Apple and IBM announced yesterday a business partnership which will see the previously rival firms develop mobile devices and applications for corporate use.

Through this deal IBM will sell Apple hardware with pre-loaded services, co-developed by both organisations, and Apple will manage support for the products. As part of the announcement, IBM revealed it will transfer around 150 of its apps over to iOS, and will be available for sale by autumn.

Most of the reports on this surprising alliance have focused on the long-term competition between the two firms. The Wall Street Journal wrote: “A partnership between the two companies would have been unthinkable 30 years ago when Apple famously attacked IBM in an iconic commercial entitled ’1984,’ painting IBM as a big-brother-like figure protecting the status quo while Apple’s Macintosh provided a pathway to freedom.”

However, this new teamwork allows a balance between the corporate software expertise of IBM and Apple’s prowess in consumer hardware. It also marks a significant move by Apple to extend the reach of its iPad and iPhone into a business setting.

“Just as Microsoft was looking like it might get Windows back on track, and BlackBerry was dropping off the map, Apple’s announcement makes one thing clear: the company is not content merely with the consumer world of iPhones, apps, music and iPads,” said Matt Warman at the Telegraph.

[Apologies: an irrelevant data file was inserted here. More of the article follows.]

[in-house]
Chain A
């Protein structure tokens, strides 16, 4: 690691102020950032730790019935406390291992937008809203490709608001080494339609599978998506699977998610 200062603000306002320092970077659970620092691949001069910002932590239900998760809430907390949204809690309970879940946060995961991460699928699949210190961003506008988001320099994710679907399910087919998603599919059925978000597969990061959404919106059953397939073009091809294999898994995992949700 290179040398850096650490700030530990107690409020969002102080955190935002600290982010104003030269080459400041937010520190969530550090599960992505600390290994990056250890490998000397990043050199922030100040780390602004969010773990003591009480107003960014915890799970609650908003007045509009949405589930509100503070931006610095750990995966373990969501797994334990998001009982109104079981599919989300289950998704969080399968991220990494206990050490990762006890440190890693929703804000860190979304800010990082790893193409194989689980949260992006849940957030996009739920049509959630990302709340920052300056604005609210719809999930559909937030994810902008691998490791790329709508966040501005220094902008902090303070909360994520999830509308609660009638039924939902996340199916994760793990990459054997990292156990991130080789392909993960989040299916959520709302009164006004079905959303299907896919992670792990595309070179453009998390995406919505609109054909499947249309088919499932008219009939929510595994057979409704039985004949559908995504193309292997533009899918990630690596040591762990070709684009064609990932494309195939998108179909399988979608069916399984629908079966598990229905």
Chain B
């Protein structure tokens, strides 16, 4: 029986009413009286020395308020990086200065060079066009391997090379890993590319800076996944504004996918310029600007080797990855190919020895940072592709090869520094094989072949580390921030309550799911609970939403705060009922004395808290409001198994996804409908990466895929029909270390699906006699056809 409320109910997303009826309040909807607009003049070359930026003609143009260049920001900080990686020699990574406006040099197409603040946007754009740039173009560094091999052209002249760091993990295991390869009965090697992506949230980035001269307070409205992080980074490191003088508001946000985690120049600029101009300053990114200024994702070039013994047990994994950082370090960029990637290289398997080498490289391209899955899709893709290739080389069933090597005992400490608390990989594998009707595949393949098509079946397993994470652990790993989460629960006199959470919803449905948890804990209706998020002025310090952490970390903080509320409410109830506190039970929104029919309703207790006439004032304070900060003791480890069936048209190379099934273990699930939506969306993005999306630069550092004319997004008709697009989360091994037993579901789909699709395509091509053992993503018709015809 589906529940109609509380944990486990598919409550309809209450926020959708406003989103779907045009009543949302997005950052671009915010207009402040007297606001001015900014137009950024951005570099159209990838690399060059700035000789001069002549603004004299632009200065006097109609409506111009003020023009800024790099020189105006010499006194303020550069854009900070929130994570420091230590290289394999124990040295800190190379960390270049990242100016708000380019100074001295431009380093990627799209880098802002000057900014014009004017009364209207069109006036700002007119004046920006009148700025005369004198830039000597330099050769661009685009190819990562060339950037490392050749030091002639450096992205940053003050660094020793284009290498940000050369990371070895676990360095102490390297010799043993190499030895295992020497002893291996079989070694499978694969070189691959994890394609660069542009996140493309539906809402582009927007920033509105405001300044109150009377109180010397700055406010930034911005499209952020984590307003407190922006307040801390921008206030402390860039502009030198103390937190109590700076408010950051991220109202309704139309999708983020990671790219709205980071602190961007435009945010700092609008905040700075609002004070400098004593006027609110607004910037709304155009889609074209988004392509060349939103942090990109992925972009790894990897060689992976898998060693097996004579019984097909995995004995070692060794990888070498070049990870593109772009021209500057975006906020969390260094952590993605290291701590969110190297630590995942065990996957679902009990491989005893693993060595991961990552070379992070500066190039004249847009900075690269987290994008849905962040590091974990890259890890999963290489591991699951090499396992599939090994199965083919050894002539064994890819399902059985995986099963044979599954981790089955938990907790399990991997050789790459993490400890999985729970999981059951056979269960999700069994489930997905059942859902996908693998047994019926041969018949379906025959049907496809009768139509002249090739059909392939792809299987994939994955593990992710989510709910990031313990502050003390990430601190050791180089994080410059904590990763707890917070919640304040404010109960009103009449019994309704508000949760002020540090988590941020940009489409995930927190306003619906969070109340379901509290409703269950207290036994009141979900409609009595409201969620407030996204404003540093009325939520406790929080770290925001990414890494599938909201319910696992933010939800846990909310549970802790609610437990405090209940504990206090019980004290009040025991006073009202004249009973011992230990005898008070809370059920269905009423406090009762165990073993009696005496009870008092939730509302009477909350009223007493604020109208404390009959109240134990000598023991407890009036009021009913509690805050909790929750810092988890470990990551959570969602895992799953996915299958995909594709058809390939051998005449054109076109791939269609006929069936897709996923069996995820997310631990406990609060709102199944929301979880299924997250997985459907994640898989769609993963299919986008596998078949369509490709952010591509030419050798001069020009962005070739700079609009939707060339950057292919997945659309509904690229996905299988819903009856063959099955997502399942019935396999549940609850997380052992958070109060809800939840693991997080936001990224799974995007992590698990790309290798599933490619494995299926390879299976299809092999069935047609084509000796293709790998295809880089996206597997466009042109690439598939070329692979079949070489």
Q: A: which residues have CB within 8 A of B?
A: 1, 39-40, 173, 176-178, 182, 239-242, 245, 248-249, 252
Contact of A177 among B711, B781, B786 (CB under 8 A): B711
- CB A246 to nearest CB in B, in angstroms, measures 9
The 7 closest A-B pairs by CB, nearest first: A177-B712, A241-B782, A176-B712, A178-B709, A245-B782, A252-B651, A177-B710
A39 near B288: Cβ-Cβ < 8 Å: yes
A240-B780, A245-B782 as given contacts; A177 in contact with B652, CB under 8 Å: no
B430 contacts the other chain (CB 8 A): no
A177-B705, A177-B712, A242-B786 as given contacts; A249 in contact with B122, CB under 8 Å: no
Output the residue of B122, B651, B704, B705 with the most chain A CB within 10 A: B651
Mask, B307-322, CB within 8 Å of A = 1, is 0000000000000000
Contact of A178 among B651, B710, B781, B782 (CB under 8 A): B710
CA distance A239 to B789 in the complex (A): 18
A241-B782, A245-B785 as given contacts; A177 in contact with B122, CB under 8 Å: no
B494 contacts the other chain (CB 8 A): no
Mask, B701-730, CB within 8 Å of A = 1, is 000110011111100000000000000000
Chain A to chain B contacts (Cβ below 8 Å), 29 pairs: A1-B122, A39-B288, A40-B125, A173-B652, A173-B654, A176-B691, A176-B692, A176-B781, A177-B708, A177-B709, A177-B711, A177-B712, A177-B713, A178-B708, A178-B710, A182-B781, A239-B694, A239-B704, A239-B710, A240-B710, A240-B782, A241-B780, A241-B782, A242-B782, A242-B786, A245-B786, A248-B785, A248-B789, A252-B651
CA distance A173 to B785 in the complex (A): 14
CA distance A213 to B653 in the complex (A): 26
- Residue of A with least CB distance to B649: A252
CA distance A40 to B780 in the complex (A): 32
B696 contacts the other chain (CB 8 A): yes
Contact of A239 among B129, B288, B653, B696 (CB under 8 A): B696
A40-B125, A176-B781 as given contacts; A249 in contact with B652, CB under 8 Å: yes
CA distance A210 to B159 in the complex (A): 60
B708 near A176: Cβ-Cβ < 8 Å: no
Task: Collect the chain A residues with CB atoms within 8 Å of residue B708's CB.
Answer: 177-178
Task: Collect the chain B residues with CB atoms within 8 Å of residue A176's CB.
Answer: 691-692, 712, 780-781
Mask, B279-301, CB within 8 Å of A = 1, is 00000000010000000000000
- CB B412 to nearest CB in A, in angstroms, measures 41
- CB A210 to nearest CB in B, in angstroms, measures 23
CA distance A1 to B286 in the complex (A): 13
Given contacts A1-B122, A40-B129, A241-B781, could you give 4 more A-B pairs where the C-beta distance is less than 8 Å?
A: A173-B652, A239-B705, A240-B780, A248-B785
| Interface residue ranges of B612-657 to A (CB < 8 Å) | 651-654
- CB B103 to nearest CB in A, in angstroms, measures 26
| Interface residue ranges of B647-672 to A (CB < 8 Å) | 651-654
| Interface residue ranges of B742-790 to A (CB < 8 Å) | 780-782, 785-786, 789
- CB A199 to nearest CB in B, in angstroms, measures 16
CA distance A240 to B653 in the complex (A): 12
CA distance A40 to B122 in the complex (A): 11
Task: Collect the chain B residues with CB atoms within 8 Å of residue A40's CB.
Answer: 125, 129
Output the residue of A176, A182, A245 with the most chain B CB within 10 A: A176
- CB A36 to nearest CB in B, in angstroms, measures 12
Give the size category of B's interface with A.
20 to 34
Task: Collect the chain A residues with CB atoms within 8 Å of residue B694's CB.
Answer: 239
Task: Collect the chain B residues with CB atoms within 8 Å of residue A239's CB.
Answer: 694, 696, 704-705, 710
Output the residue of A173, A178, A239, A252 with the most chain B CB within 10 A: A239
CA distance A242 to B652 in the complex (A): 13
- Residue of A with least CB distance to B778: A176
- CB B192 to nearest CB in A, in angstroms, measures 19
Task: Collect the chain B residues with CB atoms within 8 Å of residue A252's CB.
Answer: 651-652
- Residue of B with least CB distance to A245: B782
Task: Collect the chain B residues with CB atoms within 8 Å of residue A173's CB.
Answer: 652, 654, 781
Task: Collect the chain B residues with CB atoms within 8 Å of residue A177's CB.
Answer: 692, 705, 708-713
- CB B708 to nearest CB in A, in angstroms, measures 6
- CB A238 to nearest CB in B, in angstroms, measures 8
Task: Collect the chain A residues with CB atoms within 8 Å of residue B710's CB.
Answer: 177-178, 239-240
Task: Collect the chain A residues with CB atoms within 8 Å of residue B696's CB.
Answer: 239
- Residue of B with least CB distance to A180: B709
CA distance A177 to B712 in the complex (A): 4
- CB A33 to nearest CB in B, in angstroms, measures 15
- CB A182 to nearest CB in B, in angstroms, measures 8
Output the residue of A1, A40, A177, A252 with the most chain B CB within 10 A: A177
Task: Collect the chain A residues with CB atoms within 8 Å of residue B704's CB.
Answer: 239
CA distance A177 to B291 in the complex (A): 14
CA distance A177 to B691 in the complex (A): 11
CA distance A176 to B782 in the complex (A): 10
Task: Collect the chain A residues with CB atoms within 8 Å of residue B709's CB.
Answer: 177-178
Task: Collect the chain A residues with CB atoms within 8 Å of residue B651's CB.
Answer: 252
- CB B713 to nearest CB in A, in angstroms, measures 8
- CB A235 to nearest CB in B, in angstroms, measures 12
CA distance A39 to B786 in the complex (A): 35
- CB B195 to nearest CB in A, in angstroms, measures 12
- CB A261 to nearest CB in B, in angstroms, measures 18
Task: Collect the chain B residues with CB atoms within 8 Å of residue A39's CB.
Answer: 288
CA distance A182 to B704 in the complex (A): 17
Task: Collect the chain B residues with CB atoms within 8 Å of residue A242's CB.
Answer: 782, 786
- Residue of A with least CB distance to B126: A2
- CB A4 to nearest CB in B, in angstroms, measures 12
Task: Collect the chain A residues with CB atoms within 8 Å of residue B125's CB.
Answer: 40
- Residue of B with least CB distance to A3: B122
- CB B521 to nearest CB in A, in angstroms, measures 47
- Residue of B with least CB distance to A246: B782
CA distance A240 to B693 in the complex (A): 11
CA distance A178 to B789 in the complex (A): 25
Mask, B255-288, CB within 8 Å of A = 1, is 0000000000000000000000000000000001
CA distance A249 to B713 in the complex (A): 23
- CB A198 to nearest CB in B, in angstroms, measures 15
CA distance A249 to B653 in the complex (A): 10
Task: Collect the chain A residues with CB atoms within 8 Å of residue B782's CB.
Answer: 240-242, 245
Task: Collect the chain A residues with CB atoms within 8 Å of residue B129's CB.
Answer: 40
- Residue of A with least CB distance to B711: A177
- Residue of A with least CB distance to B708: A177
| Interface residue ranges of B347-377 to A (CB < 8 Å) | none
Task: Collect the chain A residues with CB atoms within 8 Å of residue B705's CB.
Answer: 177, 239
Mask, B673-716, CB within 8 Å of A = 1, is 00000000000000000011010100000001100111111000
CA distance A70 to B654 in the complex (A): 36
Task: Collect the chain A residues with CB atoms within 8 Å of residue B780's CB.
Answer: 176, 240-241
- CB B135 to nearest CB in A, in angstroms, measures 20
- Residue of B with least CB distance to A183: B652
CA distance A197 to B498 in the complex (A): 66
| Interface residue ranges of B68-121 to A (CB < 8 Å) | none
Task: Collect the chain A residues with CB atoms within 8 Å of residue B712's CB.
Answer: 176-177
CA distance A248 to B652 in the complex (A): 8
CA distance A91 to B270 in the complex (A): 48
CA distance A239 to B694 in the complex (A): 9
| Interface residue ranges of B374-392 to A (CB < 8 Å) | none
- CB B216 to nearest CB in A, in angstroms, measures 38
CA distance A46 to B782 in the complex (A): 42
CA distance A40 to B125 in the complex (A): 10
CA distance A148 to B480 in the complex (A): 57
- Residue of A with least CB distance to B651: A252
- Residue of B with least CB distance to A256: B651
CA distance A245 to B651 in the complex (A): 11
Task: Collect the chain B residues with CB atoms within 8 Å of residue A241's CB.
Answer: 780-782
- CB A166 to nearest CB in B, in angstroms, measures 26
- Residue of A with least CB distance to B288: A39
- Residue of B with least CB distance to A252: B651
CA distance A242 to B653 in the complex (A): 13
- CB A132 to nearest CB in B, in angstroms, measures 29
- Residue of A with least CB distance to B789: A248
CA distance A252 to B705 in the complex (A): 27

It seems therefore that Apple’s main challenge will be to tackle the thus far elusive goal of successfully marketing as both an enterprise and a consumer brand. However, as we are seeing trends such as bring-your-own-device (BYOD) introduced into the workplace, employees are now more than ever expecting the same ease of use in their office as they do at home.

“Apple is not an enterprise company, but that’s not their DNA. It is IBM’s DNA and IBM has had those relationships forever,” added Gartner analyst Van Baker. “It’s an unlikely combination but a very strong one if they can pull it off.”